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So you’ve just installed Exchange 2013 and you can’t send emails to other domains? No problem. Similar to Exchange 2010 (instructions found here), Exchange 2013 is installed without a default send connector enabled. In order to send emails to other Exchange servers or external domains, you’ll need to set it up. Follow the steps below to setup a send connector that will enable email to be sent to all external domains.

1. Login to the Exchange Control Panel: https://FQDN/ecp (or localhost, or IP address) internally or using the external IP or Domain externally. (Security tip: don’t use the default “administrator” account in production…I only did this for testing)

Exchange Control Panel Login


2. Go to Mail Flow and Send Connectors. Click the + (plus) button to add a new external send connector.

Exchange 2013 Send Connector


3.  Give it a name, such as “External Email Connector” and select Type: Internet. Click Next.

Exchange 2013 Send Connector


4. Select “MX record associated with recipient domain” for sending email, unless your ISP or Host requires the use of Smart Hosts. Click Next.

Exchange 2013 Send Connector


5. Press the + (plus) button to add a new Address Space.

Exchange 2013 SMTP Address Space


6. Under Type enter SMTP and under Cost enter 1. Under FQDN enter *. This ensures you can send email to all Internet domains. If you want to restrict which domains you can send email to, create a new Address Space for each domain, putting the domain name in the FQDN field. This is a useful feature for companies that require high security and control of emails being sent out (Government, Financial, Insurance). Click Next.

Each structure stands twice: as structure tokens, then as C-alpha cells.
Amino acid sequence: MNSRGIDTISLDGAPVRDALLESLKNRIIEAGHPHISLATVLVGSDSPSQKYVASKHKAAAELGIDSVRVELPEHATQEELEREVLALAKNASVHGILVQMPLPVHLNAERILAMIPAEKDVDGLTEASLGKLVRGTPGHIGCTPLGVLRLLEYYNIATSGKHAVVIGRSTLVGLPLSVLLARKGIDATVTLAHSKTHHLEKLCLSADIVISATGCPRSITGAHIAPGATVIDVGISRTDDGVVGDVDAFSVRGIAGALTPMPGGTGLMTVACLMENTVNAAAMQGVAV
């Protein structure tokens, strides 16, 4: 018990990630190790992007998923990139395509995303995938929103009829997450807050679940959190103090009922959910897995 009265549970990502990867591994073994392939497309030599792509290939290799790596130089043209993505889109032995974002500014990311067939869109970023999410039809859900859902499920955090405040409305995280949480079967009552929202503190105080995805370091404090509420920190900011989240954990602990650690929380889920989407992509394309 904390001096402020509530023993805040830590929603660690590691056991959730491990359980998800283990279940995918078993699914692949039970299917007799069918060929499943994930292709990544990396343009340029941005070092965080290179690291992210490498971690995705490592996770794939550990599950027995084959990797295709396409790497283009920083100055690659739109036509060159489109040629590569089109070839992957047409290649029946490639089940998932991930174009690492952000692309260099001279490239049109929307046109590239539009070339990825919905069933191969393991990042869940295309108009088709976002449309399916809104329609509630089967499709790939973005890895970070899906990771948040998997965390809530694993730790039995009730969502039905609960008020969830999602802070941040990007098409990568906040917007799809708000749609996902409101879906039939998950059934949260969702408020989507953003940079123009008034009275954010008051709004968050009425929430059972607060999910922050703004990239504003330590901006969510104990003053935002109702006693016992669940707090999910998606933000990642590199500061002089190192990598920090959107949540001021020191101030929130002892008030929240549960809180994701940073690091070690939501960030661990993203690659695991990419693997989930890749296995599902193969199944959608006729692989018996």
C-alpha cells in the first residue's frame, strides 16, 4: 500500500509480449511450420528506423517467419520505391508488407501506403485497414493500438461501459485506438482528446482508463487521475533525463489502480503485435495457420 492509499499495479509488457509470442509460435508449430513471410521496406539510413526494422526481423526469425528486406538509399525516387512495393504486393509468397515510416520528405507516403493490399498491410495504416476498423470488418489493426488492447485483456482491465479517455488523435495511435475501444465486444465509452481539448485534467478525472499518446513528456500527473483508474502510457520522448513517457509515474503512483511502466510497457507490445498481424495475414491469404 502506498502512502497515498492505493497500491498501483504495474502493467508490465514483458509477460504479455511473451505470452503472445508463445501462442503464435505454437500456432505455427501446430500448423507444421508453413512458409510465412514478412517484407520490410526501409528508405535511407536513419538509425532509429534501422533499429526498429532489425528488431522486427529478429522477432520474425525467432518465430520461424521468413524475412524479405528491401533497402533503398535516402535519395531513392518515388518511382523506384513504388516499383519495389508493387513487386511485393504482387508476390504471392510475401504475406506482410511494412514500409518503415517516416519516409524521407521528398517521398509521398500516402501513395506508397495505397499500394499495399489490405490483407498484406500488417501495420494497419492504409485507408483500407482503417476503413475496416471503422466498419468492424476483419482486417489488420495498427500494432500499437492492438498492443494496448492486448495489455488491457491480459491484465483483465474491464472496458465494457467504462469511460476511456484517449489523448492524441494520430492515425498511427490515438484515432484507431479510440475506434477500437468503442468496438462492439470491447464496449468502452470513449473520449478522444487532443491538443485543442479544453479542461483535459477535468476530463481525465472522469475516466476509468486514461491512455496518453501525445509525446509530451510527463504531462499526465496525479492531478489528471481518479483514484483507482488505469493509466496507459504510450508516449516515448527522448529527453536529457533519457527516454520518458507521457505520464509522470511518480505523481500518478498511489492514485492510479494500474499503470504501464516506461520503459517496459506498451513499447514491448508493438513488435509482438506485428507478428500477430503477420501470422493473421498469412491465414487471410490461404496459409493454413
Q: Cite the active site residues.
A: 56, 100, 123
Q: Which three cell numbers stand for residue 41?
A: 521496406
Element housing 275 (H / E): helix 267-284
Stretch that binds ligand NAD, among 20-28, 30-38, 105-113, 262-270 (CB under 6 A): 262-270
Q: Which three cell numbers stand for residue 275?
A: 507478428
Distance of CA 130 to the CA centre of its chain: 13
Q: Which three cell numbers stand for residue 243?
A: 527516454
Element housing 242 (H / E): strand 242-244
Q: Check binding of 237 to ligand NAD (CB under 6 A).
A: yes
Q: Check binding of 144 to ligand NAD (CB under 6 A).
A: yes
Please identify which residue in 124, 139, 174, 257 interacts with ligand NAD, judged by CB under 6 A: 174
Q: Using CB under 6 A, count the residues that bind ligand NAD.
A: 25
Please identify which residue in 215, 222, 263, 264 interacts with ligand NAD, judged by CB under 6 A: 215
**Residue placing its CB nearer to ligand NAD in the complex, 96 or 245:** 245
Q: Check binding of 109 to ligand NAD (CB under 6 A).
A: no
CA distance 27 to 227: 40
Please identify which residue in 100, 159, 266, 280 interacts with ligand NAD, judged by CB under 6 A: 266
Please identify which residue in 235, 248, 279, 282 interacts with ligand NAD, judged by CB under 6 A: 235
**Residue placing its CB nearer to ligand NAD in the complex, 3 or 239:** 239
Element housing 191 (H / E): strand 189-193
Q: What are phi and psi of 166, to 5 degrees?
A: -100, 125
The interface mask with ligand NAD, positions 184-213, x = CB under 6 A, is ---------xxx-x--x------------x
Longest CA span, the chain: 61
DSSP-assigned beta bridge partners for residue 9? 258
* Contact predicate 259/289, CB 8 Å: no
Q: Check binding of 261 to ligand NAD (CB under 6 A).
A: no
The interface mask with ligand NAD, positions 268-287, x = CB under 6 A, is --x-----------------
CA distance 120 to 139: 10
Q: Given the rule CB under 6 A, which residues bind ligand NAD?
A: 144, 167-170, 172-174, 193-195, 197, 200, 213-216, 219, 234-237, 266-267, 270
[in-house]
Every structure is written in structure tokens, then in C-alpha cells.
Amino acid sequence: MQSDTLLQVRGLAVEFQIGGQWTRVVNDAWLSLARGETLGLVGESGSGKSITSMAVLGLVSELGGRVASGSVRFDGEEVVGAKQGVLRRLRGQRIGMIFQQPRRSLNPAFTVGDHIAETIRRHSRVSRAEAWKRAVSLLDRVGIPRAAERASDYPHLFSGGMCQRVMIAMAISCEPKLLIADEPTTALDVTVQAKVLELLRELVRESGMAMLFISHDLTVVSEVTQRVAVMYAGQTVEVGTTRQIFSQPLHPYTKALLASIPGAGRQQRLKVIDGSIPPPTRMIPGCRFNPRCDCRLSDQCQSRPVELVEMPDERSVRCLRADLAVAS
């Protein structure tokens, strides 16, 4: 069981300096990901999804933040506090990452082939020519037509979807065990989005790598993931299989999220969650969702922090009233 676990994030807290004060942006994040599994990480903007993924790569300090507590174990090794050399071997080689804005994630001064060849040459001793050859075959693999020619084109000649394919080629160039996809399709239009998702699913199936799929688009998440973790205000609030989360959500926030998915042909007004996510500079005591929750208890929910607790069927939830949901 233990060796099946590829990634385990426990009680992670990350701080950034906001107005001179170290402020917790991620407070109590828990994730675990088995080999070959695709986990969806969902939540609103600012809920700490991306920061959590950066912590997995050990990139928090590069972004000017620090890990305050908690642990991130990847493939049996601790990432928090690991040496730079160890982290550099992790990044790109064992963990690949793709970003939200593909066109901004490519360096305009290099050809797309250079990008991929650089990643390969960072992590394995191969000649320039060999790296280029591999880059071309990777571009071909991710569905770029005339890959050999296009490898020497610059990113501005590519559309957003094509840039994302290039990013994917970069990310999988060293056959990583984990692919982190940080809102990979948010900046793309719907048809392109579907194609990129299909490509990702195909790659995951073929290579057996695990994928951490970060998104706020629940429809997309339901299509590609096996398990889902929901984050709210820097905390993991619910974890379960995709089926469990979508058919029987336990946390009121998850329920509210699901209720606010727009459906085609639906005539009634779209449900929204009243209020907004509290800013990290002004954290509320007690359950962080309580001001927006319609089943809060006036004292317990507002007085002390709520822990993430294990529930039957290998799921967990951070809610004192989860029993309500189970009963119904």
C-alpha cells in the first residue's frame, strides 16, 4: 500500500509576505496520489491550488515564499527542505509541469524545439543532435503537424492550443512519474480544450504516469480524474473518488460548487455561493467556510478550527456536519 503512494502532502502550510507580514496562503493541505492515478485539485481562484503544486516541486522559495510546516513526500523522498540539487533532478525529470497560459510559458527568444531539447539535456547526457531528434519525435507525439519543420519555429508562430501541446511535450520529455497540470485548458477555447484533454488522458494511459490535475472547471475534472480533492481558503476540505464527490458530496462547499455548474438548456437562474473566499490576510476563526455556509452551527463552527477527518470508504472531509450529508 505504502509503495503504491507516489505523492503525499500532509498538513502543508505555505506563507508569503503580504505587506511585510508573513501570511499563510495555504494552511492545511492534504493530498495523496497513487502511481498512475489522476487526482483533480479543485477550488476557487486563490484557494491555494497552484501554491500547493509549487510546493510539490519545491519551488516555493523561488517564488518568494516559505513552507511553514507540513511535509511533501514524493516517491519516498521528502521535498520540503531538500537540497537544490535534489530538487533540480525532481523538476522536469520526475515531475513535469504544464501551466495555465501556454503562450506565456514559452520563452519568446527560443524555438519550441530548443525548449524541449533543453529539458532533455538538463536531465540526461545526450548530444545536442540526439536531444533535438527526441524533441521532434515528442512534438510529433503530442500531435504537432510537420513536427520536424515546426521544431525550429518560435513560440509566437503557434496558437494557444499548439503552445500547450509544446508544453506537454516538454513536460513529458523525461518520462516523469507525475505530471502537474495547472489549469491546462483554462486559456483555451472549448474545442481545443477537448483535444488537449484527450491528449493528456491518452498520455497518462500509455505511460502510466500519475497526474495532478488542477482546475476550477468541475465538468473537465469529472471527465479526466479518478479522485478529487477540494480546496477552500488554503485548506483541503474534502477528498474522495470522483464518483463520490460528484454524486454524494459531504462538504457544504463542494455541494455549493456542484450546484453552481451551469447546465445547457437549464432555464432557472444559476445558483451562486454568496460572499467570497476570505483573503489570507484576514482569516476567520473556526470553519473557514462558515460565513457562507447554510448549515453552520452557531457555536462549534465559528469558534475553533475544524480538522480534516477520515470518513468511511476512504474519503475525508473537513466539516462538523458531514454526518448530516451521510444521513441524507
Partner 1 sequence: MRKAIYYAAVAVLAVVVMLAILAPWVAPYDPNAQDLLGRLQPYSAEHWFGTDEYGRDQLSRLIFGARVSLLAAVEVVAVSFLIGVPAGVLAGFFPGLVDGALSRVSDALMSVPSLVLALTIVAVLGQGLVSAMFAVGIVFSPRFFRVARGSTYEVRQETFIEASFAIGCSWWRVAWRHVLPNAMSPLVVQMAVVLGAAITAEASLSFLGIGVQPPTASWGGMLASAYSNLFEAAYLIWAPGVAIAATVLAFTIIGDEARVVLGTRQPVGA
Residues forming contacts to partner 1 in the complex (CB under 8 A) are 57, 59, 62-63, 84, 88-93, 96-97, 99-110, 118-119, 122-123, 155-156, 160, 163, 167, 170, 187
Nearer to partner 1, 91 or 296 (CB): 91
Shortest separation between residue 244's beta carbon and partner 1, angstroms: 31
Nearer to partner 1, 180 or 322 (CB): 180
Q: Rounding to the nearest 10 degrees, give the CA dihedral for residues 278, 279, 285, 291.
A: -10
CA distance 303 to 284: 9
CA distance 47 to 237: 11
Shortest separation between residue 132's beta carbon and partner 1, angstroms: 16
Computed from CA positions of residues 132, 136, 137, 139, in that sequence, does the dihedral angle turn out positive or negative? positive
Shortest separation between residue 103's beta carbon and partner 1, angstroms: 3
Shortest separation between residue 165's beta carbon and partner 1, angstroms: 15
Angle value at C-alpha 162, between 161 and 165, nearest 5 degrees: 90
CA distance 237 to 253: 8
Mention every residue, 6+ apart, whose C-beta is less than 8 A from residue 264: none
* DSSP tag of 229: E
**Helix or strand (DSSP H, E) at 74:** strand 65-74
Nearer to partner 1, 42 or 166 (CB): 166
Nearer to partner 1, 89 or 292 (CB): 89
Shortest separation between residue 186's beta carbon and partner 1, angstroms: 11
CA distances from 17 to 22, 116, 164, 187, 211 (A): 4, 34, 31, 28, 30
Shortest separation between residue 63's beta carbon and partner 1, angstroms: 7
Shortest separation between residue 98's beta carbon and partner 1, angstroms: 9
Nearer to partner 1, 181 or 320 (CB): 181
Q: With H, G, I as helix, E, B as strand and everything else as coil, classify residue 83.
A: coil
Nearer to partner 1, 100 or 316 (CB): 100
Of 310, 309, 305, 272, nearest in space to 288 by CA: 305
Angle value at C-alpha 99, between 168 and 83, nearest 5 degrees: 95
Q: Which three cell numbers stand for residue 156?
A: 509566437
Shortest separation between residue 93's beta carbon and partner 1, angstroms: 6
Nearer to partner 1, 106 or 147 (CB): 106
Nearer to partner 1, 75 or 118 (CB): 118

Exchange 2013 SMTP Address Space


7.  Click Next.

Exchange 2013 Address Space


8. Press the + (plus) button to add a new Source Server (if you are running only one exchange server, this will be the current/transport server).

Exchange 2013 Source Server


9. All exchange servers in the organization will be listed. Highlight the one you wish to use for transport, and click Add. Click OK.

Exchange 2013 Source Server


10. Click Finish.

Exchange 2013 Source Server


11. Now we need to set the FQDN for the server sending external emails. Highlight the External Email Connector you just created. Click the Edit button above.

Exchange 2013 Send Connector


12. Click on Scoping, scroll to the bottom and enter the FQDN of your server. This will likely be or match your MX record ( Click Save. This is an important step as it will decrease the likelihood your organization’s email being flagged as spam, by properly identifying your server to others. Exchange 2013 is now setup to send external emails properly.

Exchange 2013 FQDN Send Connector


One Response to “Configure Exchange 2013 to send external email”

  1. CW

    This is exactly what I did and I still cannot send external email. Sending internal, receiving from both internal and external has no issues. I’m still trying to figure out where is the broken piece. I register a domain with godaddy and I have already use godaddy DNS Manager to create a MX record.


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